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Politics of Experience Paperback – August 12, 1983

ISBN-13: 978-0394714752 ISBN-10: 039471475X

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Editorial Reviews

Review

"Stunning . . . I am overpowered by the challenges he dares to make to what has become a rather conventional profession. I can only hope that he will be heard, and heard respectfully."
—Robert Coles, The New Republic

From the Inside Flap

Laing attacks accepted assumptions about the nature of "normality" with a challenging view of the mental sickness built into our society.
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Product Details

  • Paperback: 192 pages
  • Publisher: Pantheon (August 12, 1983)
  • Language: English
  • ISBN-10: 039471475X
  • ISBN-13: 978-0394714752
  • Product Dimensions: 4.1 x 0.4 x 7 inches
  • Shipping Weight: 6.4 ounces (View shipping rates and policies)
  • Average Customer Review: 4.7 out of 5 stars  See all reviews (26 customer reviews)
  • Amazon Best Sellers Rank: #301,264 in Books (See Top 100 in Books)

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Customer Reviews

4.7 out of 5 stars
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Laing was much more than a scientist.
William Starr Moake
This is one of the best books I have ever read, and has influenced my thought more than almost any other.
Derrick Jensen
If he were alive today, he'd undoubtedly be even more appalled by what passes for civilization.
William Timothy Lukeman

Most Helpful Customer Reviews

49 of 50 people found the following review helpful By William Starr Moake on March 14, 2003
Format: Paperback
This is the most profound book I ever read. Laing defines mental illness as an ontological crisis with the potential to be a spiritual breakthrough. He decries psychiatry for perversely thwarting this potential with various forms of torture (incarceration, drugs, electroshock, etc.) As to normality, Laing argues it is the product of a pathological "us and them" mentality underlying personal identity and group dynamics.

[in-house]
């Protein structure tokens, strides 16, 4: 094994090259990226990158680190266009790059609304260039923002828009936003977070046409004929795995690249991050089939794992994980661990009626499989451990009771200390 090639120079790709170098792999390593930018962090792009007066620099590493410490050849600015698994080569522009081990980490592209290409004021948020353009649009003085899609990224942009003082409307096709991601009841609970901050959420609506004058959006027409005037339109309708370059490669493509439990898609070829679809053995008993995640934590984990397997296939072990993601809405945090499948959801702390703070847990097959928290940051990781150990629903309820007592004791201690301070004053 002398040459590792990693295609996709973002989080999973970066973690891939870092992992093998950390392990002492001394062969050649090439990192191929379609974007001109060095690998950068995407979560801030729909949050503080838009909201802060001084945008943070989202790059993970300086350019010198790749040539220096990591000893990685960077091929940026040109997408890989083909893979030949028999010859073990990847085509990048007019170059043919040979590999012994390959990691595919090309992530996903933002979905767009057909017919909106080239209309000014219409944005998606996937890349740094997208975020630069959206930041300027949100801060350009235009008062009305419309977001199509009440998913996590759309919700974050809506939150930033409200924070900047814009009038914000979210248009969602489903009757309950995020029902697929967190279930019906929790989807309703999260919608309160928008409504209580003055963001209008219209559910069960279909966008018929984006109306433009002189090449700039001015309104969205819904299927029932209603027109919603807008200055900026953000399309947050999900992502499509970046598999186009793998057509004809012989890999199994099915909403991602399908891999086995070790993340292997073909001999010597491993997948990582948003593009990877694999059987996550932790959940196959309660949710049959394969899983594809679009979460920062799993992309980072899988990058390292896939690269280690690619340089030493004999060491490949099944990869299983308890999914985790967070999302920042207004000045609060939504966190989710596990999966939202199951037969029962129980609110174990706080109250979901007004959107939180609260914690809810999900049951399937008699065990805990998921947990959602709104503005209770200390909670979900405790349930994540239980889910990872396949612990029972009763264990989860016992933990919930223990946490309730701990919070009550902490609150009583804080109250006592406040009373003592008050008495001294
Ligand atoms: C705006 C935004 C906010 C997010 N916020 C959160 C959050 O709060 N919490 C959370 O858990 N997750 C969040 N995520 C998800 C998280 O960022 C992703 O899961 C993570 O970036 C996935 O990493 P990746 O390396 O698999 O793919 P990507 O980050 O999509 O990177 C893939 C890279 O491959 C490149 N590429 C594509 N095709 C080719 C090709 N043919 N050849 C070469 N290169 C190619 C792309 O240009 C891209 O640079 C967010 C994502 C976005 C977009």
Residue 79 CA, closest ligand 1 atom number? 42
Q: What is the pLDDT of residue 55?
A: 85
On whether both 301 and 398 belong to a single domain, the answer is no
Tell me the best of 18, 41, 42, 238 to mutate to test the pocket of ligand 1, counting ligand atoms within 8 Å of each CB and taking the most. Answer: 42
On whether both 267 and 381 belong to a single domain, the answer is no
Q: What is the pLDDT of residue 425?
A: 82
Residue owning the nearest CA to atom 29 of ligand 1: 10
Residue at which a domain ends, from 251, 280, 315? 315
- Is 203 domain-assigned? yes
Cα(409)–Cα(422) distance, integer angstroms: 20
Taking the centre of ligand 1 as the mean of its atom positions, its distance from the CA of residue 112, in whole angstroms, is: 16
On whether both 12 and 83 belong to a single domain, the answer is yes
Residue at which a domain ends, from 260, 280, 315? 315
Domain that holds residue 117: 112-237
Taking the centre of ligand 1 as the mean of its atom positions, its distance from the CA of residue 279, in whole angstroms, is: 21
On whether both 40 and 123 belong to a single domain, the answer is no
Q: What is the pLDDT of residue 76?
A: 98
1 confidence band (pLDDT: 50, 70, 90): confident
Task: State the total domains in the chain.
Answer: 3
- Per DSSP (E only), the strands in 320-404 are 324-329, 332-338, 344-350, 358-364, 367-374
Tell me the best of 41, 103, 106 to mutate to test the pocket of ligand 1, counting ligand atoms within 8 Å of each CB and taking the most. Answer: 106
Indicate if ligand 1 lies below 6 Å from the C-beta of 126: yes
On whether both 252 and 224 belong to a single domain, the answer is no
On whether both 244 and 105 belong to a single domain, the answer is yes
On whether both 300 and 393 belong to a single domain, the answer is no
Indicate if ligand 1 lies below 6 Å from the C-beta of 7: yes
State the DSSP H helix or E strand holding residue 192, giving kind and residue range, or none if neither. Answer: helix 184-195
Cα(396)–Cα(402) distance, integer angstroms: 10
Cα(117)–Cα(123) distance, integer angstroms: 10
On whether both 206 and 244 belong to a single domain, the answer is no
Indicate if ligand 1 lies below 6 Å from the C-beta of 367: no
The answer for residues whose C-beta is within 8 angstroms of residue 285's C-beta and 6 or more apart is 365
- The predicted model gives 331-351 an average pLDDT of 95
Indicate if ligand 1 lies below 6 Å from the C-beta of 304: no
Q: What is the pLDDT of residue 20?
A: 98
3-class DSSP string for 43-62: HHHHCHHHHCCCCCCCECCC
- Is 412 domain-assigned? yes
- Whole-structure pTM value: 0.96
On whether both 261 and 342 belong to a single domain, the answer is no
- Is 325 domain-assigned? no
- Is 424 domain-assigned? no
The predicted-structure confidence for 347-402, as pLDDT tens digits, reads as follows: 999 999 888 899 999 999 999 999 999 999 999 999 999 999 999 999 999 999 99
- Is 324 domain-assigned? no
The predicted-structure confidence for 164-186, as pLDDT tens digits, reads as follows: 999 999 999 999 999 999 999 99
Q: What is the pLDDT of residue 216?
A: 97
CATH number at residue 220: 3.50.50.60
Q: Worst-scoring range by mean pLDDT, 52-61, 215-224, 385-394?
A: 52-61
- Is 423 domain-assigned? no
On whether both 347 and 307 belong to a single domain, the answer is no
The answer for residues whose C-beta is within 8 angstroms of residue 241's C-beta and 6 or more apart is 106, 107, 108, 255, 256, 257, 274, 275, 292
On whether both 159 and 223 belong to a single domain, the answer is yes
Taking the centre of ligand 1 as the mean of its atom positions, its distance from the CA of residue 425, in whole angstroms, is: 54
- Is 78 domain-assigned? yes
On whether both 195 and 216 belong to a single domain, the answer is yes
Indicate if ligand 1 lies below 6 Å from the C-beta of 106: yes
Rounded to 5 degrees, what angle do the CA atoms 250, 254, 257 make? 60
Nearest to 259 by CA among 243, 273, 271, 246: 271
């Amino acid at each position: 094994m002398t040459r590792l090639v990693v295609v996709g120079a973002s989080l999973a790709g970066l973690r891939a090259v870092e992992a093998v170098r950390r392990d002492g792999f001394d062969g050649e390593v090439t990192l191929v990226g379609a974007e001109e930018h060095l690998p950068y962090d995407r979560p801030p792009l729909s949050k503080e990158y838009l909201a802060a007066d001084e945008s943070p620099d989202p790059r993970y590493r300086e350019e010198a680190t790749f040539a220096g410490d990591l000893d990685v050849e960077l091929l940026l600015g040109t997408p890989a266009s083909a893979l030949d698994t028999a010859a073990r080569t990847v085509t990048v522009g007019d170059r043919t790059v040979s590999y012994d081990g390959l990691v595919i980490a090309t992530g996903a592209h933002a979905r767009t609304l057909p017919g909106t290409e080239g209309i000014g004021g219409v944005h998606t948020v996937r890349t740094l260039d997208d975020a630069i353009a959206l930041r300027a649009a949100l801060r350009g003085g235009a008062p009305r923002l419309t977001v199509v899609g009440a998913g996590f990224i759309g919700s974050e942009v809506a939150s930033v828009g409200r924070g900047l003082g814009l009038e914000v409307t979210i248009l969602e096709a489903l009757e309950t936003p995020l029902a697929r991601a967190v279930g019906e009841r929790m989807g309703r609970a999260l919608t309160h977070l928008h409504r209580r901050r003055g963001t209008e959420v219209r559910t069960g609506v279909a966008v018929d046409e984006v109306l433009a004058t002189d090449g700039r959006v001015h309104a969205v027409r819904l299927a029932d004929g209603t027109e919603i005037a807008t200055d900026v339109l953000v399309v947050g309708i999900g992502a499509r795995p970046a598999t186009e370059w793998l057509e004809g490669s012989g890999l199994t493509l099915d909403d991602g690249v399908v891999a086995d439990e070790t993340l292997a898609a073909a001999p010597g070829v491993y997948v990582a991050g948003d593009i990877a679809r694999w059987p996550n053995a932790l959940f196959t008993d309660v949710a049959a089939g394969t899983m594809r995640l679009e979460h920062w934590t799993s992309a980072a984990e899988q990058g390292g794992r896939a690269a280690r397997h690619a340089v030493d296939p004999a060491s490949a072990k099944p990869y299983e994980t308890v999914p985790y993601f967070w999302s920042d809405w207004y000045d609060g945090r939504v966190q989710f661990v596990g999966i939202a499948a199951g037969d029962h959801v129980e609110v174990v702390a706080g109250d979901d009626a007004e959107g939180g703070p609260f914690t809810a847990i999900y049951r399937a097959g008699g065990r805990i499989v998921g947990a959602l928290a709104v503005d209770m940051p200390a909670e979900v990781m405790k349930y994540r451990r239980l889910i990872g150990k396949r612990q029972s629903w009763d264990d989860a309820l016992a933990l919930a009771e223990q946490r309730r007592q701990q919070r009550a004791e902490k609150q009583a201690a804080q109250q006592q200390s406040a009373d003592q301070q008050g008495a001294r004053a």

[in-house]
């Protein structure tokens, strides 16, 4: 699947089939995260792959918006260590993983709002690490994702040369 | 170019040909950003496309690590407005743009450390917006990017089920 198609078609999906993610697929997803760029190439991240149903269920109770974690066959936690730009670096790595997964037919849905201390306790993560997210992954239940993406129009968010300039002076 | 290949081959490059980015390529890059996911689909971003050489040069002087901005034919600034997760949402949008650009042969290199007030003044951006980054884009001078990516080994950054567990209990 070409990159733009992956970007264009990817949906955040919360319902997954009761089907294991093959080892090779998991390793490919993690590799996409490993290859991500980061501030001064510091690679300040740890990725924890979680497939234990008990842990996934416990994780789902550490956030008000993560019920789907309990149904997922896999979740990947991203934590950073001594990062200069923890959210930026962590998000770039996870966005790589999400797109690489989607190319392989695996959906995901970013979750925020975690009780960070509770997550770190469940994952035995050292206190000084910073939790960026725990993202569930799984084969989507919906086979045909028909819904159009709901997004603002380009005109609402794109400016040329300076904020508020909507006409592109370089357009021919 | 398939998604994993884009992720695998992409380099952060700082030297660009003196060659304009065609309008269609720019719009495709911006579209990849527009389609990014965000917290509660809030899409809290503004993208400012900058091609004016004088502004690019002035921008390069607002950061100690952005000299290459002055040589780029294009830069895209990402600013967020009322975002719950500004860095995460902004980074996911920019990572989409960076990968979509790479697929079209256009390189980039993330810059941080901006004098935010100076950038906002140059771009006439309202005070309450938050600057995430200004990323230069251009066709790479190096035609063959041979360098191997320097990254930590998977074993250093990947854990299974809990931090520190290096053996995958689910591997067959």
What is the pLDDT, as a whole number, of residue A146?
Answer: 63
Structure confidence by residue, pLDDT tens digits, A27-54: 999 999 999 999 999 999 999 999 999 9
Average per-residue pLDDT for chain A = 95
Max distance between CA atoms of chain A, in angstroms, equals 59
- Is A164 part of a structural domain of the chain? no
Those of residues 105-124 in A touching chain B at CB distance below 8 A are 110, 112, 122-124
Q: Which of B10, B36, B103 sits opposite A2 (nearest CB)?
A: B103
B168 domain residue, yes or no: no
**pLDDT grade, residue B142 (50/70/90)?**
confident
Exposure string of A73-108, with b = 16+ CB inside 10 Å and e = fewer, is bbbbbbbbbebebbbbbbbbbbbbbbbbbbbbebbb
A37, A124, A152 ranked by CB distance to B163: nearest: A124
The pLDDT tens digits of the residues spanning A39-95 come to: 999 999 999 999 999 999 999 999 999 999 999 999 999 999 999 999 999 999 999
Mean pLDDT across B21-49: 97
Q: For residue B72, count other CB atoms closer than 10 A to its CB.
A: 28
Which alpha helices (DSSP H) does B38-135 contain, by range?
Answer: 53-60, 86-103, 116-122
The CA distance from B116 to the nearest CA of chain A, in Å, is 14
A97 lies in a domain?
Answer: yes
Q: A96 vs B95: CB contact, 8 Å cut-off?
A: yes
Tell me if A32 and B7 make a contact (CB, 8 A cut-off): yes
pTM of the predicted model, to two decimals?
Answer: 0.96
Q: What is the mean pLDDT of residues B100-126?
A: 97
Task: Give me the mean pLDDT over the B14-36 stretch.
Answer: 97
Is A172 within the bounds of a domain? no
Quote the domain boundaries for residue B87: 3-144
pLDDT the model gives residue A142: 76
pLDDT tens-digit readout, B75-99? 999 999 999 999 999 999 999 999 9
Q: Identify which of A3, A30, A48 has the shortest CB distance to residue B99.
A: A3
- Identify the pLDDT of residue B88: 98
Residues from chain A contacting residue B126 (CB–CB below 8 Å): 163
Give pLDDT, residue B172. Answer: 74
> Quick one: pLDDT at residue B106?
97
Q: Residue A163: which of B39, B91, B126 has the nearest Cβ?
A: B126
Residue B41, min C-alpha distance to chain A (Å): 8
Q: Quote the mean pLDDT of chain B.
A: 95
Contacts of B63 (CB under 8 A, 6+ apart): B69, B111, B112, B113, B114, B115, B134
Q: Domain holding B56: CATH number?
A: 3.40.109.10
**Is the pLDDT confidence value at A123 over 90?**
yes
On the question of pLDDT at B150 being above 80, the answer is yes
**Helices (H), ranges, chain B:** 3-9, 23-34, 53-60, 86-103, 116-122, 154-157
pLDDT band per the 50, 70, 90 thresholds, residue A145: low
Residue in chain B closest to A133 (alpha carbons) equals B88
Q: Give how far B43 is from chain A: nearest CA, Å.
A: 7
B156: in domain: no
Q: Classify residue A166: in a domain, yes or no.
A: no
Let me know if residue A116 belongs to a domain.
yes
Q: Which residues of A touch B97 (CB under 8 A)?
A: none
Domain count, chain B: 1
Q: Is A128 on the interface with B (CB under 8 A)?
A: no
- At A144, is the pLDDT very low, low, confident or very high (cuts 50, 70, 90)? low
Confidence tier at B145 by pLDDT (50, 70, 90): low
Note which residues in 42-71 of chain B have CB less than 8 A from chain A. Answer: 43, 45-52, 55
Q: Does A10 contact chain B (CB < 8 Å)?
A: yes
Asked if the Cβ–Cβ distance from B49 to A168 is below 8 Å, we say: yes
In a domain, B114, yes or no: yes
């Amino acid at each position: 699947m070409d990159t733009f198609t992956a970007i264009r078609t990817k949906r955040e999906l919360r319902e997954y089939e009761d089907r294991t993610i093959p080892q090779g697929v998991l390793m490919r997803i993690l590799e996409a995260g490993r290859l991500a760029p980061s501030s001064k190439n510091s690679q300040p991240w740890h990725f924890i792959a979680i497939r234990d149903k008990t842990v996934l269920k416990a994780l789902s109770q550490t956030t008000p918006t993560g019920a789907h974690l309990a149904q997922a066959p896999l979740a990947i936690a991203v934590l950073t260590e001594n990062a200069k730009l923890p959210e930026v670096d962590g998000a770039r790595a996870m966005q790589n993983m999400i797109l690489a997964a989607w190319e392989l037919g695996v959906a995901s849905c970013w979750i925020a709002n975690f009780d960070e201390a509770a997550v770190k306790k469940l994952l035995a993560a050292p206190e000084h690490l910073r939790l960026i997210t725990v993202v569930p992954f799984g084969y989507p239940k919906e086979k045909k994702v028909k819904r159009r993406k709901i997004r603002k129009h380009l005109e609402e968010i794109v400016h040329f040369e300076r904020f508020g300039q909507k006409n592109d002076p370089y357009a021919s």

To be well-adjusted to our modern dysfunctional society is not healthy for the individual or society. Who is more dangerous? Laing asks: the psychotic who mistakenly believes he carries a hydrogen bomb in his stomach or the perfectly adjusted B-52 bomber pilot who will drop very real hydrogen bombs when ordered to do so?
The chapter titled "The Bird of Paradise" is hypnotically poignant in exploring the inner world of thoughts and emotions. Laing was much more than a scientist. He was a visionary who shed light on the dark role of pscyhiatrists as voodoo-like priests and purveyors of social engineering.
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56 of 59 people found the following review helpful By Derrick Jensen on May 6, 2000
Format: Paperback
This is one of the best books I have ever read, and has influenced my thought more than almost any other. He lays bare the presumptions that are guiding our culture to destroy the planet, with beautiful writing that is clear when it needs to be and obscure when that best serves. A truly remarkable book. My own perception of the ending was different than one other reviewer who thought it was the weakest point of the book: for me it was the strongest. I read it lying on the grass in the middle of a public park so crowded people were stepping over the top of me, yet I was so moved I could not stop crying. Amazing book.
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37 of 38 people found the following review helpful By Makula Aulanchis on October 22, 2002
Format: Paperback